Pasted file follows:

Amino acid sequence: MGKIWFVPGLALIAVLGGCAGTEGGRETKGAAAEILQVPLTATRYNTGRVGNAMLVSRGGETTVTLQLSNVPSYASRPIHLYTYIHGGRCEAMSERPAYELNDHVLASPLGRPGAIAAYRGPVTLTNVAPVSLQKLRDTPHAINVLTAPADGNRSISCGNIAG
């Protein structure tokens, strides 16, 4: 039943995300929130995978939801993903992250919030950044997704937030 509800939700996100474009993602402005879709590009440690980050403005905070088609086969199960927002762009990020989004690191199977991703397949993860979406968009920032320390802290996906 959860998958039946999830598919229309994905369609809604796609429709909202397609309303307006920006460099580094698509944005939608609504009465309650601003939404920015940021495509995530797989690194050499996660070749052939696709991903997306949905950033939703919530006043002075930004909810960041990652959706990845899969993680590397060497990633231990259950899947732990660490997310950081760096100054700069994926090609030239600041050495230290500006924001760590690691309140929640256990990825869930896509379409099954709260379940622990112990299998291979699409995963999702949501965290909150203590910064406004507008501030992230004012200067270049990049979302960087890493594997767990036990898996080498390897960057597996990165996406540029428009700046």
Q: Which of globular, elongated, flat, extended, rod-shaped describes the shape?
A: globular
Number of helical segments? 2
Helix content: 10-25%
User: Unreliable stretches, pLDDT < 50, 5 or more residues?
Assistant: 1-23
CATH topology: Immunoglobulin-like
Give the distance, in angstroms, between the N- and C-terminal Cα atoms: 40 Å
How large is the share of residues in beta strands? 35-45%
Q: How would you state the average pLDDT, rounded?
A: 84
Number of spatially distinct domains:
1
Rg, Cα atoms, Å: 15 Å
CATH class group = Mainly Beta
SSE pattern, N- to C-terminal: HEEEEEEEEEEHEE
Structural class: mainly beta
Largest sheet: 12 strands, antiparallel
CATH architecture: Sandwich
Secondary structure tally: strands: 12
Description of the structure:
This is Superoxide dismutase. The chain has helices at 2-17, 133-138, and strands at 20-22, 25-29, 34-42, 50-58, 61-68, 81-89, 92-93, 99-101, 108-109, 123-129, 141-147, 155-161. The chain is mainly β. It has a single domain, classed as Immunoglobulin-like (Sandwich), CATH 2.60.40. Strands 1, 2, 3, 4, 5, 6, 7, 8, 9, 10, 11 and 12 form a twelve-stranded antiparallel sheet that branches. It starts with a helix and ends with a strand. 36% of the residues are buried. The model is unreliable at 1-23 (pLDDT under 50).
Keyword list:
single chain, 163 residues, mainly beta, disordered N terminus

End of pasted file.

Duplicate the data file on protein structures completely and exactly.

Amino acid sequence: MGKIWFVPGLALIAVLGGCAGTEGGRETKGAAAEILQVPLTATRYNTGRVGNAMLVSRGGETTVTLQLSNVPSYASRPIHLYTYIHGGRCEAMSERPAYELNDHVLASPLGRPGAIAAYRGPVTLTNVAPVSLQKLRDTPHAINVLTAPADGNRSISCGNIAG
């Protein structure tokens, strides 16, 4: 039943995300929130995978939801993903992250919030950044997704937030 509800939700996100474009993602402005879709590009440690980050403005905070088609086969199960927002762009990020989004690191199977991703397949993860979406968009920032320390802290996906 959860998958039946999830598919229309994905369609809604796609429709909202397609309303307006920006460099580094698509944005939608609504009465309650601003939404920015940021495509995530797989690194050499996660070749052939696709991903997306949905950033939703919530006043002075930004909810960041990652959706990845899969993680590397060497990633231990259950899947732990660490997310950081760096100054700069994926090609030239600041050495230290500006924001760590690691309140929640256990990825869930896509379409099954709260379940622990112990299998291979699409995963999702949501965290909150203590910064406004507008501030992230004012200067270049990049979302960087890493594997767990036990898996080498390897960057597996990165996406540029428009700046």
Q: Which of globular, elongated, flat, extended, rod-shaped describes the shape?
A: globular
Number of helical segments? 2
Helix content: 10-25%
User: Unreliable stretches, pLDDT < 50, 5 or more residues?
Assistant: 1-23
CATH topology: Immunoglobulin-like
Give the distance, in angstroms, between the N- and C-terminal Cα atoms: 40 Å
How large is the share of residues in beta strands? 35-45%
Q: How would you state the average pLDDT, rounded?
A: 84
Number of spatially distinct domains:
1
Rg, Cα atoms, Å: 15 Å
CATH class group = Mainly Beta
SSE pattern, N- to C-terminal: HEEEEEEEEEEHEE
Structural class: mainly beta
Largest sheet: 12 strands, antiparallel
CATH architecture: Sandwich
Secondary structure tally: strands: 12
Description of the structure:
This is Superoxide dismutase. The chain has helices at 2-17, 133-138, and strands at 20-22, 25-29, 34-42, 50-58, 61-68, 81-89, 92-93, 99-101, 108-109, 123-129, 141-147, 155-161. The chain is mainly β. It has a single domain, classed as Immunoglobulin-like (Sandwich), CATH 2.60.40. Strands 1, 2, 3, 4, 5, 6, 7, 8, 9, 10, 11 and 12 form a twelve-stranded antiparallel sheet that branches. It starts with a helix and ends with a strand. 36% of the residues are buried. The model is unreliable at 1-23 (pLDDT under 50).
Keyword list:
single chain, 163 residues, mainly beta, disordered N terminus